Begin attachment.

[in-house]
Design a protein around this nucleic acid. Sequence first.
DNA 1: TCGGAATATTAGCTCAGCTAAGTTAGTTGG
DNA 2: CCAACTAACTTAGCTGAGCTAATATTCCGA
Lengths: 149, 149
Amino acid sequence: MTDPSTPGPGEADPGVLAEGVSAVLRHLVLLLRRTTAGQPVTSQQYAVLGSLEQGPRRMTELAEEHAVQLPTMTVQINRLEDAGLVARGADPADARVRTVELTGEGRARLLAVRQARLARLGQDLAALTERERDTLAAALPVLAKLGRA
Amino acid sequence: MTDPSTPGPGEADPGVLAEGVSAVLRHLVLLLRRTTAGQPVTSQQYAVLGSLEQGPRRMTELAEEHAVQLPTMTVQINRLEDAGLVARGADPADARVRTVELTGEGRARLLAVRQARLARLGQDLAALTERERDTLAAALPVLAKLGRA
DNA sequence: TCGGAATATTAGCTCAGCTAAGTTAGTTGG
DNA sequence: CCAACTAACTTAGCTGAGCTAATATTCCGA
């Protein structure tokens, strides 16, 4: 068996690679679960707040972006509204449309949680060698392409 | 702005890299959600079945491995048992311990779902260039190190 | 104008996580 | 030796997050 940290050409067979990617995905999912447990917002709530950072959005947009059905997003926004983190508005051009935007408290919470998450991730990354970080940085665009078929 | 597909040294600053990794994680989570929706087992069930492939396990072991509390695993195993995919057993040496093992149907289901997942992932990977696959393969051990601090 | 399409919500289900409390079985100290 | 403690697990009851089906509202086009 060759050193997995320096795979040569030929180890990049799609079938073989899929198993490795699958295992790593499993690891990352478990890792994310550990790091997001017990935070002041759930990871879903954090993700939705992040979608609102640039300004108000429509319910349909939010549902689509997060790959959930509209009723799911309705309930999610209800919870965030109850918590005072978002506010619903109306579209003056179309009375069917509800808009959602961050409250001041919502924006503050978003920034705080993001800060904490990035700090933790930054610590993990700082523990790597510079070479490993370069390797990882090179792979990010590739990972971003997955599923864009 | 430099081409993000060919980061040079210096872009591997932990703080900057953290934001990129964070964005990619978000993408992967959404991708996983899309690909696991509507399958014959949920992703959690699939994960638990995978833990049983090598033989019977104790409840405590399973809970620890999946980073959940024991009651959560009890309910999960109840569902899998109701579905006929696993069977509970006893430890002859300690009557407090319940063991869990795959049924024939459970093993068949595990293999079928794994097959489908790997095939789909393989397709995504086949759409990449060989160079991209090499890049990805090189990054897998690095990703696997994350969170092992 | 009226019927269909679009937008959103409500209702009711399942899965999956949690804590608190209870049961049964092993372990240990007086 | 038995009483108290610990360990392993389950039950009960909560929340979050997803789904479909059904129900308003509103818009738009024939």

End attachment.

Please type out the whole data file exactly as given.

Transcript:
[in-house]
Design a protein around this nucleic acid. Sequence first.
DNA 1: TCGGAATATTAGCTCAGCTAAGTTAGTTGG
DNA 2: CCAACTAACTTAGCTGAGCTAATATTCCGA
Lengths: 149, 149
Amino acid sequence: MTDPSTPGPGEADPGVLAEGVSAVLRHLVLLLRRTTAGQPVTSQQYAVLGSLEQGPRRMTELAEEHAVQLPTMTVQINRLEDAGLVARGADPADARVRTVELTGEGRARLLAVRQARLARLGQDLAALTERERDTLAAALPVLAKLGRA
Amino acid sequence: MTDPSTPGPGEADPGVLAEGVSAVLRHLVLLLRRTTAGQPVTSQQYAVLGSLEQGPRRMTELAEEHAVQLPTMTVQINRLEDAGLVARGADPADARVRTVELTGEGRARLLAVRQARLARLGQDLAALTERERDTLAAALPVLAKLGRA
DNA sequence: TCGGAATATTAGCTCAGCTAAGTTAGTTGG
DNA sequence: CCAACTAACTTAGCTGAGCTAATATTCCGA
């Protein structure tokens, strides 16, 4: 068996690679679960707040972006509204449309949680060698392409 | 702005890299959600079945491995048992311990779902260039190190 | 104008996580 | 030796997050 940290050409067979990617995905999912447990917002709530950072959005947009059905997003926004983190508005051009935007408290919470998450991730990354970080940085665009078929 | 597909040294600053990794994680989570929706087992069930492939396990072991509390695993195993995919057993040496093992149907289901997942992932990977696959393969051990601090 | 399409919500289900409390079985100290 | 403690697990009851089906509202086009 060759050193997995320096795979040569030929180890990049799609079938073989899929198993490795699958295992790593499993690891990352478990890792994310550990790091997001017990935070002041759930990871879903954090993700939705992040979608609102640039300004108000429509319910349909939010549902689509997060790959959930509209009723799911309705309930999610209800919870965030109850918590005072978002506010619903109306579209003056179309009375069917509800808009959602961050409250001041919502924006503050978003920034705080993001800060904490990035700090933790930054610590993990700082523990790597510079070479490993370069390797990882090179792979990010590739990972971003997955599923864009 | 430099081409993000060919980061040079210096872009591997932990703080900057953290934001990129964070964005990619978000993408992967959404991708996983899309690909696991509507399958014959949920992703959690699939994960638990995978833990049983090598033989019977104790409840405590399973809970620890999946980073959940024991009651959560009890309910999960109840569902899998109701579905006929696993069977509970006893430890002859300690009557407090319940063991869990795959049924024939459970093993068949595990293999079928794994097959489908790997095939789909393989397709995504086949759409990449060989160079991209090499890049990805090189990054897998690095990703696997994350969170092992 | 009226019927269909679009937008959103409500209702009711399942899965999956949690804590608190209870049961049964092993372990240990007086 | 038995009483108290610990360990392993389950039950009960909560929340979050997803789904479909059904129900308003509103818009738009024939």